#Issues l 2020-02-13
The novel coronavirus is derailing South Korea’s inter-Korean cooperation plans that were mentioned during President Moon Jae-in’s New Year’s address.
North Korea’s border shutdown made it difficult for the South to even propose individual tourism, rendering it almost impossible for Seoul’s plan to find a breakthrough in the stalled inter-Korean relations through tourism to Mount Kumgang. Here’s Myongji University Professor Lee Jong-hoon to explain more about the situation.
North Korea was the first country to ban the Chinese from entering its borders after the COVID-19 outbreak. The country is in emergency mode. It has even stopped the influx of foreign tourists from countries other than China. This isn’t the right time to push for inter-Korean projects like individual tourism. If not for the COVID-19 incident, North Korea may have accepted South Korea’s proposal for individual tourism instead of insisting on taking down South Korean-made facilities at the Mount Kumgang area. Seoul officials kept asking for a meeting with their Pyongyang counterparts to discuss this issue, but the viral infection has steered Seoul’s plan to a direction different from the one President Moon Jae-in had originally envisioned. Contrary to the South Korean government’s intention, this deadlock is likely to drag on for some time.
The South Korean government was bent on improving inter-Korean relations through individual tourism. From earlier this year, Seoul officials have been exploring various options to discuss this issue with Pyongyang, making it clear that individual tourism is not in violation of the United Nations’ Security Council resolutions nor the United States’ independent sanctions against the North.
Last Monday, South Korean officials sat down with Alex Wong, the State Department’s Deputy Assistant Secretary for North Korea, to ask for Washington’s cooperation and support for Seoul’s inter-Korean project ideas. But that meeting led nowhere as immediately afterwards Wong was appointed to be the alternative representative for special political affairs at the U.N., breaking up the Trump administration’s negotiation team for North Korean affairs.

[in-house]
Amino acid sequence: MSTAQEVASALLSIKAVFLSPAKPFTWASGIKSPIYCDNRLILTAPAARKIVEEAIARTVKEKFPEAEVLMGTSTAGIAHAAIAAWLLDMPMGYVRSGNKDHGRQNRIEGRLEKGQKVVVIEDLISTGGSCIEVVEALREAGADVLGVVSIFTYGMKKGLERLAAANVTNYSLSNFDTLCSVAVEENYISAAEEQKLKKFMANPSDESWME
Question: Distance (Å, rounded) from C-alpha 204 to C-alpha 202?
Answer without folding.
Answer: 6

To make matters worse, the U.S. Treasury Department recently named North Korea a “bad actor” and called for the international community’s help in sanctioning the communist regime. It is unclear how South Korea and the United States can narrow their differences on matters pertaining to North Korea.
North Korea allows individual tourists from other countries, although not yet from South Korea. The U.S. had also permitted its citizens to travel to North Korea before the Otto Warmbier incident. So, individual tourism was not in violation of the sanctions against North Korea. The South Korean government was determined to make it come true this spring and had gone quite a ways in convincing American officials. I think there was a sort of a deal between the two sides. That’s why South Korea agreed to send its naval unit to the Strait of Hormuz and meet some of America’s defense cost-sharing demands.
But the COVID-19 outbreak put a halt to Seoul’s plan. Experts say it may be stalled until the second half of this year. However, what’s more concerning is North Korea’s chilly reaction to South Korea’s proposals. Professor Lee Jong-hoon says Pyongyang is more concerned about its relations with Washington more than inter-Korean cooperation projects.
North Korea’s top priority is improving its relations with the United States. Kim Jong-un wanted to produce some tangible results, preferably the easing of sanctions, by sitting down for a third summit with President Trump. The North Korean leader wants Mount Kumgang tourism to resume and the Kaesong Industrial Complex to reopen. He probably wants the U.S. to give him a definite go-ahead.